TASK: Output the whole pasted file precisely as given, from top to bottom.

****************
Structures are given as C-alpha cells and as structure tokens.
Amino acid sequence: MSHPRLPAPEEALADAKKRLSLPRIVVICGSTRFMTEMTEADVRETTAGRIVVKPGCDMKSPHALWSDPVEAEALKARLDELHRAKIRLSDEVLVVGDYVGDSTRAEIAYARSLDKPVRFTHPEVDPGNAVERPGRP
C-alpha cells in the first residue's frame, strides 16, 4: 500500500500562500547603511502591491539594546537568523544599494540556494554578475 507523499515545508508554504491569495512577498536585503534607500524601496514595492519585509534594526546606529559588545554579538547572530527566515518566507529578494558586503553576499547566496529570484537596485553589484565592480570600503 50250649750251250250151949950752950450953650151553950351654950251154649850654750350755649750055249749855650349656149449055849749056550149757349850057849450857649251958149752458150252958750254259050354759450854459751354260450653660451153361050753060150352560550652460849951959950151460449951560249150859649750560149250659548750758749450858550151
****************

Structures are given as C-alpha cells and as structure tokens.
Amino acid sequence: MSHPRLPAPEEALADAKKRLSLPRIVVICGSTRFMTEMTEADVRETTAGRIVVKPGCDMKSPHALWSDPVEAEALKARLDELHRAKIRLSDEVLVVGDYVGDSTRAEIAYARSLDKPVRFTHPEVDPGNAVERPGRP
C-alpha cells in the first residue's frame, strides 16, 4: 500500500500562500547603511502591491539594546537568523544599494540556494554578475 507523499515545508508554504491569495512577498536585503534607500524601496514595492519585509534594526546606529559588545554579538547572530527566515518566507529578494558586503553576499547566496529570484537596485553589484565592480570600503 50250649750251250250151949950752950450953650151553950351654950251154649850654750350755649750055249749855650349656149449055849749056550149757349850057849450857649251958149752458150252958750254259050354759450854459751354260450653660451153361050753060150352560550652460849951959950151460449951560249150859649750560149250659548750758749450858550151